Date of Award
Doctor of Education (EdD)
Dr. Roxanne Forgrave
Dr. Sara Spruce (Reader)
Scholarship of Discovery, Scholarship of Teaching and Learning
This quantitative, quasi-experimental study examined the relationships between self-efficacy and reading achievement as mediated by an online instructional delivery system called MobyMax® over a period of time between a pretest and a posttest. The sources of self-efficacy were also investigated for the individual contribution of each of the four sources; process accomplishments or mastery experiences, vicarious experience, verbal persuasion, and physiological states. Finally, the current study explored the relationships across gender and ethnicity (White, Black, Hispanic, and other). Statistical Package for the Social Sciences (SPSS) was used to organize the data using a mixed factorial ANOVA to analyze the interventions’ and time factor’s impact on reading self-efficacy and reading achievement. A multiple regression was used to calculate the individual contribution of the four sources of self-efficacy on reading achievement, and a t-tests to identify the mean differences across gender. Finally, a One-way ANOVA was used to identify the variance across ethnicities. One statistically significant finding was the mean differences between males and females in reading achievement on both the pretest as well as the posttest. All other findings were not statistically significant. MobyMax® was not shown to make a statistically significant difference, positive or negative, in reading achievement or self-efficacy. More research needs to be conducted to examine the relationship of self-efficacy and achievement in the elementary years.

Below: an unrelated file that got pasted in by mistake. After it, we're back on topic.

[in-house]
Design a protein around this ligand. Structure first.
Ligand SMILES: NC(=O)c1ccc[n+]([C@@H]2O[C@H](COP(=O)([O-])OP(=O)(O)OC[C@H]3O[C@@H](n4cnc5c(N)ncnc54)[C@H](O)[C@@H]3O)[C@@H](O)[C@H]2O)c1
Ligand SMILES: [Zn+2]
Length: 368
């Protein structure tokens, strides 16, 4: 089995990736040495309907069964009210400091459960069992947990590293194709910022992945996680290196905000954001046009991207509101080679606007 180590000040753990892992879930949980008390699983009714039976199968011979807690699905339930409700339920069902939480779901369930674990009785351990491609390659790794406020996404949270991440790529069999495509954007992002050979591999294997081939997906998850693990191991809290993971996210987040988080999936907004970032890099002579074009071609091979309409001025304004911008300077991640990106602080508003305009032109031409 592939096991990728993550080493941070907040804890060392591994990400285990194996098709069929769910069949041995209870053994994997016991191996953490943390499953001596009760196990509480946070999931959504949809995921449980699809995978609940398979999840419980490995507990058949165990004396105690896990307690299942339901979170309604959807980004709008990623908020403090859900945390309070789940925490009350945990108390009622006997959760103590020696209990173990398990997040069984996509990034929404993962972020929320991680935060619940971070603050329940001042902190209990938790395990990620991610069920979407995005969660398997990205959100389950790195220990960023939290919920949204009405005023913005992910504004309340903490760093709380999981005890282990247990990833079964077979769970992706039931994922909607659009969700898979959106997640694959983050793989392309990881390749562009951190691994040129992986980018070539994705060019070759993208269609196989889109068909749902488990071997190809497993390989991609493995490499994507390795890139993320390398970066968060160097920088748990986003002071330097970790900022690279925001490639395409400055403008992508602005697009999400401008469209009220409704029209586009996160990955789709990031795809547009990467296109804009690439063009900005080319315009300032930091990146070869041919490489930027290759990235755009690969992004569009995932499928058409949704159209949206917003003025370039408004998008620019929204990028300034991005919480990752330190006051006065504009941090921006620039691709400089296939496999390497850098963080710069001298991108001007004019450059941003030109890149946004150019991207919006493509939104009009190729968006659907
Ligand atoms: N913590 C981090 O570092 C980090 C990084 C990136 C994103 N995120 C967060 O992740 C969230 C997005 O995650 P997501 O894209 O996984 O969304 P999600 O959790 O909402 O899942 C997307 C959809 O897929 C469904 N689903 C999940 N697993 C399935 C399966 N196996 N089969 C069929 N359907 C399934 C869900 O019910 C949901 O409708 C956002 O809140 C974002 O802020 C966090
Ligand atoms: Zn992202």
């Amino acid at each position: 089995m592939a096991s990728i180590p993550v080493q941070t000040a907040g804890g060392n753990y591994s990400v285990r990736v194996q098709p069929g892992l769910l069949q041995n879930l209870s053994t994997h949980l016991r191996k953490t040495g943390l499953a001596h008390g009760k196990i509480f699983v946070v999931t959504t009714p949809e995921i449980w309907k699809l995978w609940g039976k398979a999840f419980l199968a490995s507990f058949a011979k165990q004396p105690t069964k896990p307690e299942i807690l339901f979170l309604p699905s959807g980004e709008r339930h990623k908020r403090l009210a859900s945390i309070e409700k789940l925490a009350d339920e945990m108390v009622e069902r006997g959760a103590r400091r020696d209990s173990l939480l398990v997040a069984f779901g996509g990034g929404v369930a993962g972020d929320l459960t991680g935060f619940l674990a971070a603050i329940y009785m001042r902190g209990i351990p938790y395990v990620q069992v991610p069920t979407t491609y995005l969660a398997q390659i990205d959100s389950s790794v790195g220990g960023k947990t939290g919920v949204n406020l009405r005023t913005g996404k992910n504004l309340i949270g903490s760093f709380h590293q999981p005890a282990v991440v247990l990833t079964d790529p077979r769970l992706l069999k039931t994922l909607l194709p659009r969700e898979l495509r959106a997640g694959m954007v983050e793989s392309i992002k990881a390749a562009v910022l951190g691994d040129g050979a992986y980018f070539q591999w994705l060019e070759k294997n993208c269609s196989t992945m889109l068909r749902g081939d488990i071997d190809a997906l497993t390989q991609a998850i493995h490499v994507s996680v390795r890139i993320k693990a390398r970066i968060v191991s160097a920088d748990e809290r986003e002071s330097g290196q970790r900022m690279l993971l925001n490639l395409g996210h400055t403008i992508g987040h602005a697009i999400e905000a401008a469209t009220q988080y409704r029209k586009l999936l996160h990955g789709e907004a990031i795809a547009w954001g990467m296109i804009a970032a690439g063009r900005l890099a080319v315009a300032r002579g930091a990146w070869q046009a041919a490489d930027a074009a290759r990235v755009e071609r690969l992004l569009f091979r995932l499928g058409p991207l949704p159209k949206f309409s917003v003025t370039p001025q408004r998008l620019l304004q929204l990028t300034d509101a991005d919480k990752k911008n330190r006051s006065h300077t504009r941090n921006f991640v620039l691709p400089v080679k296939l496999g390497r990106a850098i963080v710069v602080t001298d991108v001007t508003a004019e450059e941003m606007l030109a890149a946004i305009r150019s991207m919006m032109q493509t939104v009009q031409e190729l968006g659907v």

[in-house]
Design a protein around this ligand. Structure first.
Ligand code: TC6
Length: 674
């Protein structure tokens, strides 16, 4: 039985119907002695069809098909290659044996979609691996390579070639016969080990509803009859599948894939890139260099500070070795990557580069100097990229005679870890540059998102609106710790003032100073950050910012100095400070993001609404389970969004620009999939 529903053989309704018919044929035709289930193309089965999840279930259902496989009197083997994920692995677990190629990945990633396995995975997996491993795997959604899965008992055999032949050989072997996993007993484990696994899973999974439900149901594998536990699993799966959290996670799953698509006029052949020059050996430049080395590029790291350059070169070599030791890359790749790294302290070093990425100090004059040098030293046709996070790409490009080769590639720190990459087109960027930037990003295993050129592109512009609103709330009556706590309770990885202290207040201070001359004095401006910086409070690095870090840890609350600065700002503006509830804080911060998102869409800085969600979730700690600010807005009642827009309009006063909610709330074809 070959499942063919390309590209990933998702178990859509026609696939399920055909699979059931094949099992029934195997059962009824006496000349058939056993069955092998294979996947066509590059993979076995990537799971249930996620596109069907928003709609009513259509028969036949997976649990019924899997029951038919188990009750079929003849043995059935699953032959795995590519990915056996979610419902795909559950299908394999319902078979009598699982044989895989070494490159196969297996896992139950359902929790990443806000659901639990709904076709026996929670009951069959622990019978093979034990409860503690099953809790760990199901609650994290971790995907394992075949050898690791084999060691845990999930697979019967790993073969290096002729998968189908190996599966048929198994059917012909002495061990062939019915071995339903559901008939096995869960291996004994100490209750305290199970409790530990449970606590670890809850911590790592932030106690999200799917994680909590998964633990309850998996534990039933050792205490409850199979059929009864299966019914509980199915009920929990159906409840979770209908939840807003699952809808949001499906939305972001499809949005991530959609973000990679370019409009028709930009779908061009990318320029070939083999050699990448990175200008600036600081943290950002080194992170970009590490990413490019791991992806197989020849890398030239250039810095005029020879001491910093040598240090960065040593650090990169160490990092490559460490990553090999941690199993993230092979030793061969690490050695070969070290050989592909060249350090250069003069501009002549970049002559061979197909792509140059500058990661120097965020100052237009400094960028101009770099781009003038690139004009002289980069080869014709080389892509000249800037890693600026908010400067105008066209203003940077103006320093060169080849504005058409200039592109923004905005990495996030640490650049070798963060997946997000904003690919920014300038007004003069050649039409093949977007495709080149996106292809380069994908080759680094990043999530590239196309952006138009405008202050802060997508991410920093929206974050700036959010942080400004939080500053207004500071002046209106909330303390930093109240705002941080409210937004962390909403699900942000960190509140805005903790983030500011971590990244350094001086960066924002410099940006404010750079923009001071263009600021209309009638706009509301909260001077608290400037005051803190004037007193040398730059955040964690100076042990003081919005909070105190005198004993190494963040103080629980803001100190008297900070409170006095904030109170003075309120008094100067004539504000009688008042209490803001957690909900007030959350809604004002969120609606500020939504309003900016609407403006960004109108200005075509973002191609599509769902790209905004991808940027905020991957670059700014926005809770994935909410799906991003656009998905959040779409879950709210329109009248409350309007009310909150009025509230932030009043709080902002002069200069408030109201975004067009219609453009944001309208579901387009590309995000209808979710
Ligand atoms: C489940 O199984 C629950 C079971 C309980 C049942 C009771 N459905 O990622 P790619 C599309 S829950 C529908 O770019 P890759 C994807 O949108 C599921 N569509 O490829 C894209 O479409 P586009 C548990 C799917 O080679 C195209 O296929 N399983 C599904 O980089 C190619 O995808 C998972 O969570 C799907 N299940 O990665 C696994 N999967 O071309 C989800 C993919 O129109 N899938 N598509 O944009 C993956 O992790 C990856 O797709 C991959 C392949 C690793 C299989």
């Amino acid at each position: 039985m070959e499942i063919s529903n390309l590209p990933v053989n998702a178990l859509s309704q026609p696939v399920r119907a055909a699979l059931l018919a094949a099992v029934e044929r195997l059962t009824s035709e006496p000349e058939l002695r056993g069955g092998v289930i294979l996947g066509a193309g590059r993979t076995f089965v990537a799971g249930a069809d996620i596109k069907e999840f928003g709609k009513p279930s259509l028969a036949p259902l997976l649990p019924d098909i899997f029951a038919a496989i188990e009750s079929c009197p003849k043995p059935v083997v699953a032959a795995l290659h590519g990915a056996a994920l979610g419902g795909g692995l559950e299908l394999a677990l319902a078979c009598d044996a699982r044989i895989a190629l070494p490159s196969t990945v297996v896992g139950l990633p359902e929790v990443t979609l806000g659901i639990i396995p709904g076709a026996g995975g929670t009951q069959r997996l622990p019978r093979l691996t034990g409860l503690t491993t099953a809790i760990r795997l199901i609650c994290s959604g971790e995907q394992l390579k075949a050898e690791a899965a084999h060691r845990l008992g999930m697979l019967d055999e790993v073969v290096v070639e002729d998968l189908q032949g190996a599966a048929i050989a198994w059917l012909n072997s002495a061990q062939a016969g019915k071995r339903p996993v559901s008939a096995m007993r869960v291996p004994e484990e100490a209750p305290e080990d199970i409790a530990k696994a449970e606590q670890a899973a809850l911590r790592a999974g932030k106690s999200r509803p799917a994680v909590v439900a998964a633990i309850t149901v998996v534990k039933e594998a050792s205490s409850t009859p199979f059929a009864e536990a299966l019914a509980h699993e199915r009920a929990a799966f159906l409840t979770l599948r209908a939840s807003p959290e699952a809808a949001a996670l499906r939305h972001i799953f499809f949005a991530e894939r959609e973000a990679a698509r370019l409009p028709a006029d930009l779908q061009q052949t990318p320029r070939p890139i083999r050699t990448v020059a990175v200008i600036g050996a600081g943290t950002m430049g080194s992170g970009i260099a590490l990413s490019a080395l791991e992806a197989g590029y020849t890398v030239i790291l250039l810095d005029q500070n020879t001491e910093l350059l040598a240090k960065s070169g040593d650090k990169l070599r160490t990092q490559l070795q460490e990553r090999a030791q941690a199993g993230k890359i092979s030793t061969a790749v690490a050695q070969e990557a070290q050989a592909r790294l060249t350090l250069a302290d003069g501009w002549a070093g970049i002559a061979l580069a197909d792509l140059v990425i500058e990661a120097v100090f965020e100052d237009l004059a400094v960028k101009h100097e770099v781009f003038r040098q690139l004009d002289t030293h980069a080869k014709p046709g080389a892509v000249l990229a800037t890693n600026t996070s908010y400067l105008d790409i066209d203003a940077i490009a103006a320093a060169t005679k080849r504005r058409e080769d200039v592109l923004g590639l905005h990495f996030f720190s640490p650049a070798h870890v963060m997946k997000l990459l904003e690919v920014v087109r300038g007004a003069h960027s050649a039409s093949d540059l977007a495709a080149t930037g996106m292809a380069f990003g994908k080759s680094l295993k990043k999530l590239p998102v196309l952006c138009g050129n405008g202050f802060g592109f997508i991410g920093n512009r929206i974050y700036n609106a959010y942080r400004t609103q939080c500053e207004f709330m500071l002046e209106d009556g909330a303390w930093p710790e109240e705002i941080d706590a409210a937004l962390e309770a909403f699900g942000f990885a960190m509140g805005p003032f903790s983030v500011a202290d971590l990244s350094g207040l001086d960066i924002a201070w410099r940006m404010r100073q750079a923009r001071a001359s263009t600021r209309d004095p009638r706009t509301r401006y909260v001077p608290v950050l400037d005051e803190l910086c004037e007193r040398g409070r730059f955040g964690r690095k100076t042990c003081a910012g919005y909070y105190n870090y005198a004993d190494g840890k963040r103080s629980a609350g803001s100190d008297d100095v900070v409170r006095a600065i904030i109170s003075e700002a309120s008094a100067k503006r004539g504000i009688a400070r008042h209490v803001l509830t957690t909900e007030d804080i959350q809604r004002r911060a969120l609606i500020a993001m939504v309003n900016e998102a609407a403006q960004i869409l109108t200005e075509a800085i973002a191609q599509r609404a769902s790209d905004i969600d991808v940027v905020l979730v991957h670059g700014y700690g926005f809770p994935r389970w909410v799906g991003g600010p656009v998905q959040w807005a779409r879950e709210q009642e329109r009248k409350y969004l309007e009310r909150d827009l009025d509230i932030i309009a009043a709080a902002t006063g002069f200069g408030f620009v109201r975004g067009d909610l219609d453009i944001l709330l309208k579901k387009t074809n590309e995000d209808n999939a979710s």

Wickard, Chad E., "THE IMPACT OF ONLINE INSTRUCTION ON FOURTH GRADE STUDENTS’ READING SELF-EFFICACY AND ACHIEVEMENT" (2018). Ed.D. Dissertations. 115.